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Back Pain

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Lower back pain is defined as pain and discomfort localised below the costal margin and above the inferior gluteal folds, with or without leg pain. It is one of the most common musculoskeletal problems and in most cases usually improves within a few weeks or months.

Acute means the pain has lasted less than four to six weeks.

Mechanical means the pain originates from the joint, bone, or soft tissue supporting the spine.

Sometimes, a specific trauma or strenuous activity may cause pain. However, 80% of the time, the specific source of the pain is not found. Mechanical back pain implies the source of pain is in the spine and/or its supporting structure. The surrounding muscles and ligaments may develop reactive spasms and pain. It is sometimes the result of poor posture or lifting something awkwardly and can develop suddenly or gradually. It tends to get better or worse depending on position and often feels worse with movement.

The pain is primarily in the lower back. Pain radiate (spread) to the buttocks and thighs. May also experience spasms with mechanical back pain. Difficulty bending down or lifting things.

A careful evaluation of your medical history and physical examination (ability to sit, stand, walk, lift your legs and specific tests), will help the physiotherapist determine if you have mechanical back pain. The physiotherapist might also ask you to rate your pain and talk about how much it affects your daily activities. If your physiotherapist has determined your back pain is mechanical, additional testing is not usually necessary.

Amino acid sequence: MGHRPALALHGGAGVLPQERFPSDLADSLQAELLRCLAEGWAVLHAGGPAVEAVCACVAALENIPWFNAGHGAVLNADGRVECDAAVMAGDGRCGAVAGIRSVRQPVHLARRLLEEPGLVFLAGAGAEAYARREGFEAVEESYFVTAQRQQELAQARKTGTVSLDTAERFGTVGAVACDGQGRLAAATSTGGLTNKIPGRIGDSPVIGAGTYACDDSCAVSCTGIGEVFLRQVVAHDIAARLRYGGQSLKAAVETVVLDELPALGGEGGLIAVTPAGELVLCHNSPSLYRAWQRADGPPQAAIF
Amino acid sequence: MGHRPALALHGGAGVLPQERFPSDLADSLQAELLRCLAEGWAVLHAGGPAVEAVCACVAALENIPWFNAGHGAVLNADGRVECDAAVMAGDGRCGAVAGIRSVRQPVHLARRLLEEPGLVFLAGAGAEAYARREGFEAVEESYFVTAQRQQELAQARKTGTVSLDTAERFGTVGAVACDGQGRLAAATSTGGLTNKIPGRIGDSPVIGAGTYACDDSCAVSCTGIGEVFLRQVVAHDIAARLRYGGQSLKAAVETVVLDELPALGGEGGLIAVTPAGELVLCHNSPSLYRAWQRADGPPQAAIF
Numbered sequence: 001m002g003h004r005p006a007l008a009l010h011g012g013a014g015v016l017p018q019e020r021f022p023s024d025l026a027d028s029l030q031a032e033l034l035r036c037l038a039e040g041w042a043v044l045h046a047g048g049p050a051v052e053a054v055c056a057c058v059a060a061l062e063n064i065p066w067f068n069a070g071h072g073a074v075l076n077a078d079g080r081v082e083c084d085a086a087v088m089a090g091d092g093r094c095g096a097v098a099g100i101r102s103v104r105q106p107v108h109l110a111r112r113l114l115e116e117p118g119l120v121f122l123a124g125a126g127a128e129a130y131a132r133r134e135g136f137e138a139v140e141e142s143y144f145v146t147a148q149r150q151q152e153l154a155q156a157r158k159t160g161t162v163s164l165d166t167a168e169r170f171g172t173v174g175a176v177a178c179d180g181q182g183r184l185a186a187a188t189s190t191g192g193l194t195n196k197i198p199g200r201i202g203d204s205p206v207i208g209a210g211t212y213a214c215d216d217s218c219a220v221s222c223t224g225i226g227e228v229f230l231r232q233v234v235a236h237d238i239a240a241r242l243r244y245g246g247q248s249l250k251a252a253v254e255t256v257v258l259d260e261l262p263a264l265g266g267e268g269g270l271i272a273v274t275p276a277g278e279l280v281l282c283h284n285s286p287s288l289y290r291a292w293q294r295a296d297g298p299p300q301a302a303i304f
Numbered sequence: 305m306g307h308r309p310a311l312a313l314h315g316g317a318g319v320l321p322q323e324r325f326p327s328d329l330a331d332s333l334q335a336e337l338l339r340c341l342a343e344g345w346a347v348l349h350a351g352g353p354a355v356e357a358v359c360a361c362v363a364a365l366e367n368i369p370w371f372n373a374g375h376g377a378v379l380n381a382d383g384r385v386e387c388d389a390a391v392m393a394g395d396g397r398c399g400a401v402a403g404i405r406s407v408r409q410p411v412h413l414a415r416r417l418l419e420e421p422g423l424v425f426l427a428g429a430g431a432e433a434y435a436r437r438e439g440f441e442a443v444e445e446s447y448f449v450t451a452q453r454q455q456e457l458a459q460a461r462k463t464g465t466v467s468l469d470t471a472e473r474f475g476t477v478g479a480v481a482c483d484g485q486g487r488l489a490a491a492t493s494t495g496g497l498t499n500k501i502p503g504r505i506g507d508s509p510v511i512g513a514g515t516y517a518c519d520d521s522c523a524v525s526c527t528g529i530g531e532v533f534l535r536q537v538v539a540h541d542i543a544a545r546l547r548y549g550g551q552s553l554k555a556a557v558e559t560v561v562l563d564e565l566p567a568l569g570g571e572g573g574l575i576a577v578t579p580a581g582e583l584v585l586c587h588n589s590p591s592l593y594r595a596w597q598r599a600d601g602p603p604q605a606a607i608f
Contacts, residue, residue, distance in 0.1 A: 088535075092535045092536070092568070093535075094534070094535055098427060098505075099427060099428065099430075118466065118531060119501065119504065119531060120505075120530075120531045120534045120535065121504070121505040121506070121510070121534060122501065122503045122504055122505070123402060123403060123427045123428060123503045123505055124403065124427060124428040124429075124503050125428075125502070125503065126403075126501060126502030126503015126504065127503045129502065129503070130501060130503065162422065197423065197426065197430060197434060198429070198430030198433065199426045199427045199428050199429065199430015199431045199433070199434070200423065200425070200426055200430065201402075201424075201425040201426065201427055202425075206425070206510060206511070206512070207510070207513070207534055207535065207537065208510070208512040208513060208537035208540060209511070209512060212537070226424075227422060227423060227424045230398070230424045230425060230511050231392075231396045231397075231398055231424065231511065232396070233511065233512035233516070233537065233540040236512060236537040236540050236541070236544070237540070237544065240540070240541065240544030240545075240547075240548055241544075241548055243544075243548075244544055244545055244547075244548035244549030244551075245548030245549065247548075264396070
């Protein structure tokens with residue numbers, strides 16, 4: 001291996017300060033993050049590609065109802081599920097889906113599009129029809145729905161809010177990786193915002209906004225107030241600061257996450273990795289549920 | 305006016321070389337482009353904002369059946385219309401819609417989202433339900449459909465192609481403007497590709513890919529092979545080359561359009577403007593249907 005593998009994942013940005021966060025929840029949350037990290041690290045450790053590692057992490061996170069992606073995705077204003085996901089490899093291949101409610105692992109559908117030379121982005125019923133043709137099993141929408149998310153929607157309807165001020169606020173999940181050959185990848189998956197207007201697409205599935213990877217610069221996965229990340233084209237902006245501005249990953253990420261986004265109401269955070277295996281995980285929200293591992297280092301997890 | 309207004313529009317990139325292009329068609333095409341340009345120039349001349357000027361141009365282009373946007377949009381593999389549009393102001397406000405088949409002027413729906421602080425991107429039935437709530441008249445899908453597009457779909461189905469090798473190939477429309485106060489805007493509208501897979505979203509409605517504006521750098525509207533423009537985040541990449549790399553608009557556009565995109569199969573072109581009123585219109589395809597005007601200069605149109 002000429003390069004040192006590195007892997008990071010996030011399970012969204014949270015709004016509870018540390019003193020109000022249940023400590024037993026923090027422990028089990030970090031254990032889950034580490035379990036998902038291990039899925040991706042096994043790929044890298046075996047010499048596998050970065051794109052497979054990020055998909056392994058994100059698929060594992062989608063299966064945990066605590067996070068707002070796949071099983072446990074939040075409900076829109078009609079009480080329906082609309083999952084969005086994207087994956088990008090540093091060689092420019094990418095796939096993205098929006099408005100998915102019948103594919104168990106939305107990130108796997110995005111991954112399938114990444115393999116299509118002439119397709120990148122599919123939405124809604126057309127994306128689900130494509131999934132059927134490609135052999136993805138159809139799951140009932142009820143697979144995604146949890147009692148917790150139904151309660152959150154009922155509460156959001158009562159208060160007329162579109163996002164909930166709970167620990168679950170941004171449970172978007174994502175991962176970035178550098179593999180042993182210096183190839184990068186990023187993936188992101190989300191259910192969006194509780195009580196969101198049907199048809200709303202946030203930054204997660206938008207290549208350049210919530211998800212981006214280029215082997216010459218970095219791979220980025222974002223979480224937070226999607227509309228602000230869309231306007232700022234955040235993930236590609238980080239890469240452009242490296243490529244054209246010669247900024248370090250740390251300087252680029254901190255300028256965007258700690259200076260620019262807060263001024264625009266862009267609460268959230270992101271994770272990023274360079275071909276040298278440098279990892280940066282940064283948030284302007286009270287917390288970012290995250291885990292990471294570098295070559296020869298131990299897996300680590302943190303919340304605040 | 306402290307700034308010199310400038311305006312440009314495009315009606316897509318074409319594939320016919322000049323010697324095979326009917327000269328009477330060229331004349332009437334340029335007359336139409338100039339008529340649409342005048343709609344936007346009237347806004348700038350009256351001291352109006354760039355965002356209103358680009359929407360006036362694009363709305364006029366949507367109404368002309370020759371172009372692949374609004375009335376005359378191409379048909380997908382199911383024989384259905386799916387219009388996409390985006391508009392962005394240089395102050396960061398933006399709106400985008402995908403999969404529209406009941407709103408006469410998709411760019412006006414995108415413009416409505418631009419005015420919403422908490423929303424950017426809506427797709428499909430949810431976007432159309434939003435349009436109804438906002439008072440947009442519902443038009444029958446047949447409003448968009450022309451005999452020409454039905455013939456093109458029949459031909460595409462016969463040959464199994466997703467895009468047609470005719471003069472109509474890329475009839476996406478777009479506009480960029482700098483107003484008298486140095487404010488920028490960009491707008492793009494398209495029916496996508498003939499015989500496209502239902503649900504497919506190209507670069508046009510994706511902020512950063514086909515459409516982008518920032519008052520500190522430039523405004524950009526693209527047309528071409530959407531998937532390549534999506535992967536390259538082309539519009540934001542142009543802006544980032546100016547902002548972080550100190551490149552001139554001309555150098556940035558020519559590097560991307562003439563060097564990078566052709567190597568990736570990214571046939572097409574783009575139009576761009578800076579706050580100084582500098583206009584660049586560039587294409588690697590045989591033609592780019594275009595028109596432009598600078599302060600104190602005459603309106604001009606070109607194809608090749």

Your physiotherapist will consider referral to your GP for further investigation where deemed necessary.

The treatment involves pain management and exercises. Self-management includes applying an ice pack for the first 48-72 hours to reduce inflammation and then a heat pack for the pain. Heat or Ice packs are to be applied for 15-20 minutes only and wrapped in cloth or towel. Do not maintain one single position such as lying, sitting, or standing for a long time, and keep mobile. Bed rest isn’t recommended. Activities can be painful but encourage yourself to do as much as possible within the pain limit as this will help with recovery.

The physiotherapist will prescribe you simple exercises to build strength and flexibility in your back and leg muscles.

Most back pain gets better within a month of home treatment, especially for people younger than age 60. However, for many, the pain lasts several months.

- 50-80% of adults suffer from LBP at some point in their life;

- 2.5 million people are experiencing back pain every day in the UK;

-  increased prevalence with age with a cost for the NHS > £1 billion per year;

- Global Burden of Disease Study showed that low back pain was ranked the highest in terms of causing disability.





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